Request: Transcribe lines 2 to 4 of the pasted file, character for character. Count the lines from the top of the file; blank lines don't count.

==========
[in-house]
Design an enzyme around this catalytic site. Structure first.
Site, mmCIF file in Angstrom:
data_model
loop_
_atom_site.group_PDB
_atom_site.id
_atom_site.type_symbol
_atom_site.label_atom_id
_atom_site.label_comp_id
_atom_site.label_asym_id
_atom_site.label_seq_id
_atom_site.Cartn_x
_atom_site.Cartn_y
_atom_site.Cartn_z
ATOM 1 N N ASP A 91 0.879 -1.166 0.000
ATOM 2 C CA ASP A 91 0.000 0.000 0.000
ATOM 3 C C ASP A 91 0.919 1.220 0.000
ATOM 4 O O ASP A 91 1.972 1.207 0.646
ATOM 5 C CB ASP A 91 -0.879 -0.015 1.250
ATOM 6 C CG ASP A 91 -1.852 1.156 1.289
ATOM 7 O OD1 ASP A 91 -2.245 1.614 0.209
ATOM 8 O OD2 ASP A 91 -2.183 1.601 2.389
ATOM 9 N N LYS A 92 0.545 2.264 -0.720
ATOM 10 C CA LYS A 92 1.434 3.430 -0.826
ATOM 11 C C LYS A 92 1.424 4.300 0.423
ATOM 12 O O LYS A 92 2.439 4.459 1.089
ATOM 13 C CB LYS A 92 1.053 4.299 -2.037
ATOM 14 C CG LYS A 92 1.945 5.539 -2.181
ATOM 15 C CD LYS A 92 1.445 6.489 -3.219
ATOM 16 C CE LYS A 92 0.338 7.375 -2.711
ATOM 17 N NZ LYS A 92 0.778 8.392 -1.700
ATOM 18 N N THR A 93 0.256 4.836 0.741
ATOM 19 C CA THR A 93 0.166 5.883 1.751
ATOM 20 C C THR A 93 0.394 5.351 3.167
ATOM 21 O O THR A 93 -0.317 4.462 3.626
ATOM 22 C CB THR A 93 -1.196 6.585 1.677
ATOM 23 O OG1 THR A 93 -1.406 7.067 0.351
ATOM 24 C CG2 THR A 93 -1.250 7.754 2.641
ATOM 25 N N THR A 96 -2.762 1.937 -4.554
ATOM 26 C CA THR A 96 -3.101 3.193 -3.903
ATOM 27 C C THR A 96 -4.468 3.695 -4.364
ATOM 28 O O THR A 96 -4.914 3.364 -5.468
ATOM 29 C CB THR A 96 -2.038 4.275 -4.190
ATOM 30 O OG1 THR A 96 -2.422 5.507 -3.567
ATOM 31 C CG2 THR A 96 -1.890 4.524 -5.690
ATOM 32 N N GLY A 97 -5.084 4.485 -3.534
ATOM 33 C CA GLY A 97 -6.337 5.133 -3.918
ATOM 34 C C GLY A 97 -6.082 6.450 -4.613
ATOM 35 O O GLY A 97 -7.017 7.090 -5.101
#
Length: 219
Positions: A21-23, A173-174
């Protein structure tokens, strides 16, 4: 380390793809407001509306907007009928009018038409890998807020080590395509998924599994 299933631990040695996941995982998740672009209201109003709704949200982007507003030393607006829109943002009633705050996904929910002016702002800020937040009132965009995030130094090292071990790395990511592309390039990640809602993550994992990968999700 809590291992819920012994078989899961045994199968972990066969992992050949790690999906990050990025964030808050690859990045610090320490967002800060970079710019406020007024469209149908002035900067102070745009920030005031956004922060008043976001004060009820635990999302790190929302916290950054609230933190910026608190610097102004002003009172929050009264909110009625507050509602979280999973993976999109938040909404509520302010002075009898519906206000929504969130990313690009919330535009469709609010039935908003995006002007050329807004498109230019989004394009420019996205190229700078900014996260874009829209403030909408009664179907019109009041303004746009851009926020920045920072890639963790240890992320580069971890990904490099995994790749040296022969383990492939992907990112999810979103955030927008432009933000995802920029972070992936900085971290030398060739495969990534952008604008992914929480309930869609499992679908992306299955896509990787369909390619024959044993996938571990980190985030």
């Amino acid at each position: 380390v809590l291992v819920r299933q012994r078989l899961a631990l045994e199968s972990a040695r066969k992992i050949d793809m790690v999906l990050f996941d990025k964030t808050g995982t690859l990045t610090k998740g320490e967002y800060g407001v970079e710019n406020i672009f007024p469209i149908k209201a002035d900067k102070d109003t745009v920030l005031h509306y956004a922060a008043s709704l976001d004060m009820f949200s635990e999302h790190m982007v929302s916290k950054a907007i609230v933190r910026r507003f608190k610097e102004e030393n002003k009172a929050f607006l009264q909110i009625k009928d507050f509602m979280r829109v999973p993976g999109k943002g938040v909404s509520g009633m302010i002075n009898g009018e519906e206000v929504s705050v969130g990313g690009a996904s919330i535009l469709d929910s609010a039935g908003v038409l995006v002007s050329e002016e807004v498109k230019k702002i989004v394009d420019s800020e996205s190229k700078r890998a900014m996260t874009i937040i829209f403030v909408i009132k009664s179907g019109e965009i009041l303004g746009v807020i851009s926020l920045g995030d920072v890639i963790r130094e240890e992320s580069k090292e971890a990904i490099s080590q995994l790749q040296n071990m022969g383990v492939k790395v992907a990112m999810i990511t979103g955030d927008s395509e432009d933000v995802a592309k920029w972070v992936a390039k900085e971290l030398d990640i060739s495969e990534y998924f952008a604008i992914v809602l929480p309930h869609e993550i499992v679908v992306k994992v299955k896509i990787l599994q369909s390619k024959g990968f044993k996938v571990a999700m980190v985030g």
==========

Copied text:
Design an enzyme around this catalytic site. Structure first.
Site, mmCIF file in Angstrom:
data_model